The Peasant Ghetto: Serbian Hip-Hop Revisits the Countryside

Irena Šetnevska


This paper traces the development of the Serbian hip-hop scene in its ever-changing social context from the late socialist 1980s, through the wartime 1990s, to the transitional 2000s, focusing on local conceptualizations of the notion of the ghetto and different ways in which hip-hop reflects the rural-urban divide in Serbian society. From rapping in rural dialects to satirically praising narco-agriculture, Serbian rappers have made quite a unique contribution to the hip-hop “Internationale” as a global movement with distinct origins in the New York City neighborhood of the South Bronx. Their concept of the peasant ghetto (seljački geto) i s, a t the same time, a form of social commentary on the state of the rural communities in the country and a diagnosis of present-day Serbia as a closed society with a legacy of international isolation following the Yugoslav wars and a peripheral and deprivileged position in the modern global world order. On the other hand, the substantial interactions and mutual influences between the Serbian hip-hop and turbo-folk scenes emphasized in this paper are another indication of the problematic distinction between urban and rural in the Serbian cultural context, at least in the realm of entertainment and popular music. The relationship between these two genres becomes even more interesting if hip-hop is observed as a distinct cultural foreign import with an indisputable urban background and turbo-folk is understood as the sole home-grown form of popular music in Serbia with now-remote rural origins.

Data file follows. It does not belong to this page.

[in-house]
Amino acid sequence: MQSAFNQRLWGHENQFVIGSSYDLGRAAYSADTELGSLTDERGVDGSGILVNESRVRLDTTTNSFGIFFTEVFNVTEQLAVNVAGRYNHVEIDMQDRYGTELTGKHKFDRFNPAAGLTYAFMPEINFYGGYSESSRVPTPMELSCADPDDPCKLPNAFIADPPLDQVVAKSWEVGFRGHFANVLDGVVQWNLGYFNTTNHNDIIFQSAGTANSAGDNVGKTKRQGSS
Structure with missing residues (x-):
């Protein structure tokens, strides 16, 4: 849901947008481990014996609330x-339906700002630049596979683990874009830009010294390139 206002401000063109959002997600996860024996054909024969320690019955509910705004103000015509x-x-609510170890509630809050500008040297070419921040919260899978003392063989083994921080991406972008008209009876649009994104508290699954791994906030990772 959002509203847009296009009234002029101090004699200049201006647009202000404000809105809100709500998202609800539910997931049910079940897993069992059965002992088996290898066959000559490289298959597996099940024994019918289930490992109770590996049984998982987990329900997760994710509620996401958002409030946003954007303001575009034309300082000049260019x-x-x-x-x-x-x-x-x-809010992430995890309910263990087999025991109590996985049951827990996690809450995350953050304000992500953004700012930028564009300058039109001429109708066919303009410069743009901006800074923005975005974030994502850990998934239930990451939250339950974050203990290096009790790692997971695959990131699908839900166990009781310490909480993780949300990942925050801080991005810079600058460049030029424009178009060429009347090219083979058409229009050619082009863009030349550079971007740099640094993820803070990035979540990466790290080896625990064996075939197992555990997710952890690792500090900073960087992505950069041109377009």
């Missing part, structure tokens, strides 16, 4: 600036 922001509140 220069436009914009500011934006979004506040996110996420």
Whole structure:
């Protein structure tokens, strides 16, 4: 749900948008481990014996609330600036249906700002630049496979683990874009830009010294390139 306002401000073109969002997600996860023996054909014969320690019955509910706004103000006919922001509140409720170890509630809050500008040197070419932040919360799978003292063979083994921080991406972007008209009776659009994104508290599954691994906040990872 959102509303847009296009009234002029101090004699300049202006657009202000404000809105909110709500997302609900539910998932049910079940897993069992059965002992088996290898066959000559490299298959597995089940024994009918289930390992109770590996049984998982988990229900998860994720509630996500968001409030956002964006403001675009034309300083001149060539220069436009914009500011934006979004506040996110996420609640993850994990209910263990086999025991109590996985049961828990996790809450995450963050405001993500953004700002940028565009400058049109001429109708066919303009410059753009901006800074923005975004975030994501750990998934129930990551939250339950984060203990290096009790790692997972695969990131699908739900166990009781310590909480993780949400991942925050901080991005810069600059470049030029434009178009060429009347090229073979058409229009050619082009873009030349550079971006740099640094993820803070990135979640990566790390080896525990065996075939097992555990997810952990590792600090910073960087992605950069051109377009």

Klíčová slova

hip-hop; Serbia; ghetto; urban-rural divide; turbo-folk

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Irena Šetnevska

Poslední změna: 5. únor 2018 11:20 
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Fakulta humanitních studií Univerzity Karlovy


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Fakulta humanitních studií Univerzity Karlovy

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